Canning jars are great for food storage: reusable, durable, easy to clean, and beyond that, they have a certain nostalgic charm. But today we’re talking about using jars for something your grandma probably never thought of: fresh salad.
The fundamental concept behind salad in a jar is a healthy grab-and-go option that you can prepare ahead of time. Cut lettuce and other fresh ingredients can store in the fridge several days to a week, so you can make several at once and then keep them on hand.
There are quite a few recipes and techniques for putting salads in jars already out there on the web. You can find some great ideas at My Life in Food, Healthy Happy Life, and My Not So Simple Life. Even Martha Stewart has gotten in on the action, with a how-to video for a Tuna Nicoise Salad made by a New York specialty food shop.
Here are the general principles of salad construction that most seem to follow:
1. “Wet” ingredients, including salad dressing, go into the jar first. This might also include things like olives or tofu. Keep in mind that anything mixed in with the dressing will be marinating the whole time it’s in the fridge, so make it something that will hold up well, like onions or green
pepper, or will soak up flavor, like mushrooms or pasta.
2. Layer other toppings such as chopped veggies, fresh fruit, cheese, meats, nuts, beans, or grains like wild rice.
3. Top off with chopped lettuce, spinach, or other greens.
Voila! When you want to eat your salad, simply dump it into a bowl or onto a plate. The ingredients will magically reverse so that the lettuce is on the bottom and the dressing is on the top. And of course, you don’t need to use lettuce or other greens: Oh She Glows shows how to make a beautiful layered salad with veggies, wheat berries, and quinoa.
If you’re planning to take your salad as a lunch on the run, and prefer to eat it directly out of the jar, then you may want to get more creative with the layering of your ingredients. Think salad parfait, or toss your salad before adding it to the jar.
Straight-sided jars and wide-mouth jars make it easier to tip your salad out onto your serving dish. Also keep in mind that you may want to pick the size of your jar based on the ingredients you use — a lettuce-based salad will be bulkier and may require a pint or quart jar, while a more dense grain- or legume-based salad may fit into a half-pint jar.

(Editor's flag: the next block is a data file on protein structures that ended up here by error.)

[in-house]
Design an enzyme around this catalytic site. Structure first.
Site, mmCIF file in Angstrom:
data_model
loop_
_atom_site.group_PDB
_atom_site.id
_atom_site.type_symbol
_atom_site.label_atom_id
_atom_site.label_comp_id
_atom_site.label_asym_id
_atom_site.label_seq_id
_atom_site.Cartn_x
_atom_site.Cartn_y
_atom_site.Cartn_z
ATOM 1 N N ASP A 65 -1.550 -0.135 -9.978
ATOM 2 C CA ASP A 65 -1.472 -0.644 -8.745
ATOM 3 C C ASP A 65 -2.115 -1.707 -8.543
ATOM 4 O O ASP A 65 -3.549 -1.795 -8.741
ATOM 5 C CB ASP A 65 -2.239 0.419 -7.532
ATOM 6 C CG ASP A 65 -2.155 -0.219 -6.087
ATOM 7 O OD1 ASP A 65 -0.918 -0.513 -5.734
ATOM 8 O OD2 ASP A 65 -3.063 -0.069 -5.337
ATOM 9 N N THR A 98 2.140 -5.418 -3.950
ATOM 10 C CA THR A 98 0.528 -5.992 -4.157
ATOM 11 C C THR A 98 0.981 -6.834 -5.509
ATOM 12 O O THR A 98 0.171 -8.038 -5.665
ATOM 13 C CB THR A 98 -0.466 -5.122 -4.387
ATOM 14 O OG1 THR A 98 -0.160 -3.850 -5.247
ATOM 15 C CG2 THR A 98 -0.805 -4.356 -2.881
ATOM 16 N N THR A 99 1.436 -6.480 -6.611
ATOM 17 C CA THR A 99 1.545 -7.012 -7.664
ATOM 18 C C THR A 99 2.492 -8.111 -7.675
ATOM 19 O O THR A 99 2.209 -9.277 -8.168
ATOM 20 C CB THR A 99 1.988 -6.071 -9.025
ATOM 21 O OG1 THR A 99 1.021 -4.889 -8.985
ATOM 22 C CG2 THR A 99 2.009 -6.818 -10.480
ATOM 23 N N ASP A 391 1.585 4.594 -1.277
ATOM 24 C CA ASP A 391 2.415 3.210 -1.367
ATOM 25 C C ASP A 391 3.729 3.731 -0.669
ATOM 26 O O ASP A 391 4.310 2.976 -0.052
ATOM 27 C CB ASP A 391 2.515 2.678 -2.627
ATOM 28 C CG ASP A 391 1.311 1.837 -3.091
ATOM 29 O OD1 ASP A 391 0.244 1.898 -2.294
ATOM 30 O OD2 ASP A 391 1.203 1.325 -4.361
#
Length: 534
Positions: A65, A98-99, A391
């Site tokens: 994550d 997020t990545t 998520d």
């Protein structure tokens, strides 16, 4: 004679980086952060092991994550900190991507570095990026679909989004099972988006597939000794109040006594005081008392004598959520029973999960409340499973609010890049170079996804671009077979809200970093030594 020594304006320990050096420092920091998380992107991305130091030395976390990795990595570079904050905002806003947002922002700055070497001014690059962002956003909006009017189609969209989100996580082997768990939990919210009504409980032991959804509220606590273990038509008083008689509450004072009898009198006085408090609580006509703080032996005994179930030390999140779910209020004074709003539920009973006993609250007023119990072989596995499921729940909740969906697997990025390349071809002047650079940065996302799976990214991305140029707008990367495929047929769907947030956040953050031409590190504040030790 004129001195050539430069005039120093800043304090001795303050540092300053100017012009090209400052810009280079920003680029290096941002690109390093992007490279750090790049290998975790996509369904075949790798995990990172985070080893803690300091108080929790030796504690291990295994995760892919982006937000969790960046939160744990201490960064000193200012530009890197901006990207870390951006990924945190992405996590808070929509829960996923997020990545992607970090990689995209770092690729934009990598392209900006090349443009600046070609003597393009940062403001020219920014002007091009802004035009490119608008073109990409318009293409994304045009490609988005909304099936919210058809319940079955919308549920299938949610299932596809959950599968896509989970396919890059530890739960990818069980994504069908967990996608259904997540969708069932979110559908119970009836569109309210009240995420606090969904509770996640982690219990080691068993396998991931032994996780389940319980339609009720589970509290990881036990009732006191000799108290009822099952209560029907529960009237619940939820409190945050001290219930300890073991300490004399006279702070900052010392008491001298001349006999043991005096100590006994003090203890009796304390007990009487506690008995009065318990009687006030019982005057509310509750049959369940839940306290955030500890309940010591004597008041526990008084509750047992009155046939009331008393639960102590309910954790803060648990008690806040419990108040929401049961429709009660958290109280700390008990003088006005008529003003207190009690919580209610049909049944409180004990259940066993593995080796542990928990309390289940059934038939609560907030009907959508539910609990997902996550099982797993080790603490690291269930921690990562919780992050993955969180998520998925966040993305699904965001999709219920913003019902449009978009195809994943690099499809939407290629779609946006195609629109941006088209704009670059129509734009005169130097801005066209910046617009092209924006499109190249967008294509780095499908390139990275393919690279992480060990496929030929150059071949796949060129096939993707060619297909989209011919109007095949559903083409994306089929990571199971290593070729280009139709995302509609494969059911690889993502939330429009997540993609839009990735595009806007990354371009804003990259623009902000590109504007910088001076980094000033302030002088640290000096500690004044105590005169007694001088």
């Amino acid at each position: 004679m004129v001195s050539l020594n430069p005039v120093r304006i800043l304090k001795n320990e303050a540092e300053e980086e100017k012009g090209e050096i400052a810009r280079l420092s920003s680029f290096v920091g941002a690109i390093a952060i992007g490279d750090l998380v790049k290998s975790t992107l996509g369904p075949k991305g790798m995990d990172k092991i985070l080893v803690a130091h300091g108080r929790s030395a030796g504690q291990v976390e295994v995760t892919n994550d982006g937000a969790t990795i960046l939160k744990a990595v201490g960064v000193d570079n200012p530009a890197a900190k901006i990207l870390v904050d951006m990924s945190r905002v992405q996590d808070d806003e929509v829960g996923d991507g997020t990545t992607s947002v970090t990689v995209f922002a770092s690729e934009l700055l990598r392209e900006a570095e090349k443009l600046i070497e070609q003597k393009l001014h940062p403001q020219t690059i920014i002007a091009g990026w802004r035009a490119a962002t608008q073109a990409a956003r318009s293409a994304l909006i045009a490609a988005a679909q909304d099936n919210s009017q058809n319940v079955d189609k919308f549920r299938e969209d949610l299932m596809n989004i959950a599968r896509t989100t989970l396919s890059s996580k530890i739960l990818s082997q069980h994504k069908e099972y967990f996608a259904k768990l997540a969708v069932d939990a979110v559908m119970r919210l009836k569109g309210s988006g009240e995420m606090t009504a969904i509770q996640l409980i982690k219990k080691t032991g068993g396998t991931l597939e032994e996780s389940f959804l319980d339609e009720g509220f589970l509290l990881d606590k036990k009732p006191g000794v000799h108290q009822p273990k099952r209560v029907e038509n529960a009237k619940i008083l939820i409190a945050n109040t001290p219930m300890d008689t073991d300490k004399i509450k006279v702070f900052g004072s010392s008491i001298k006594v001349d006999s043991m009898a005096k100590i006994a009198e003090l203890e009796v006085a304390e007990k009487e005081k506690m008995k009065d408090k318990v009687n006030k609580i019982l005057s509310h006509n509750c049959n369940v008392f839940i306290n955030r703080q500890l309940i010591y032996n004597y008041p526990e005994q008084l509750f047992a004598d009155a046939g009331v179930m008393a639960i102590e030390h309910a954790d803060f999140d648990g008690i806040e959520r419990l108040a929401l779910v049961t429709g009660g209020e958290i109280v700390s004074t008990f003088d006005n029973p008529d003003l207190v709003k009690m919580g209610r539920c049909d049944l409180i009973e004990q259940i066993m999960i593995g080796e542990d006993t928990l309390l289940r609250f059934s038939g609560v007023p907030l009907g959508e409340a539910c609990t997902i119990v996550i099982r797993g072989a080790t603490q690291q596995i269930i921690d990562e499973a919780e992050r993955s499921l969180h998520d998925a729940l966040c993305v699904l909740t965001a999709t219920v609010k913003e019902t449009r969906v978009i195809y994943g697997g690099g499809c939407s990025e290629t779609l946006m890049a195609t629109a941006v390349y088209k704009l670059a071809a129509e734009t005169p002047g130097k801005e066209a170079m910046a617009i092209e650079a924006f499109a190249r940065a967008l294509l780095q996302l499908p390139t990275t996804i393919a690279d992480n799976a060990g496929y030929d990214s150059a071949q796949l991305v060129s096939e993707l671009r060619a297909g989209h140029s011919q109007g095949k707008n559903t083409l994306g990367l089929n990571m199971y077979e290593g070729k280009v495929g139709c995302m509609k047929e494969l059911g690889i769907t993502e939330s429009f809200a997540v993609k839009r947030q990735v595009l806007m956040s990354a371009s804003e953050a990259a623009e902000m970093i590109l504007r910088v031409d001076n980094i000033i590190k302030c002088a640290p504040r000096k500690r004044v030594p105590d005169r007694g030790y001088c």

Wheat Berry Cranberry Salad
3 cups cooked wheat berries
1 Granny Smith apple, chopped
1/3 cup dried cranberries
1 green onion, minced
2 tablespoons parsley, chopped
In a small bowl, combine the apples and lemon juice. Set aside. In a large bowl, combine the cooked wheat berries, cranberries, green onion, and parsley. Stir in 1 tablespoon balsamic vinaigrette. Stir in apples. Add more vinaigrette
if desired. Pour into a quart mason jar and refrigerate until serving.
Nutty Wild Rice Salad
1/2 cup dried cranberries
1/3 cup chopped pecans
1/3 cup slivered almonds
1/4 cup finely chopped green onions
2 tablespoons finely chopped celery
1/4 raspberry vinaigrette
1/2 teaspoon ground pepper
Combine 4 cups water and 1 teaspoon salt in a saucepan and bring to a boil. Add the rice. Reduce the heat to medium-low, cover, and simmer until the rice is tender, about 45 minutes. Drain well and cool. Drain the rice and transfer the rice to a large bowl. While the rice is cooling, mix in the dried cranberries, pecans, cashews, green onion, and celery. Pour the vinaigrette over the rice mixture and toss. Season with pepper; mix well. Pour into a quart mason jar and refrigerate until serving.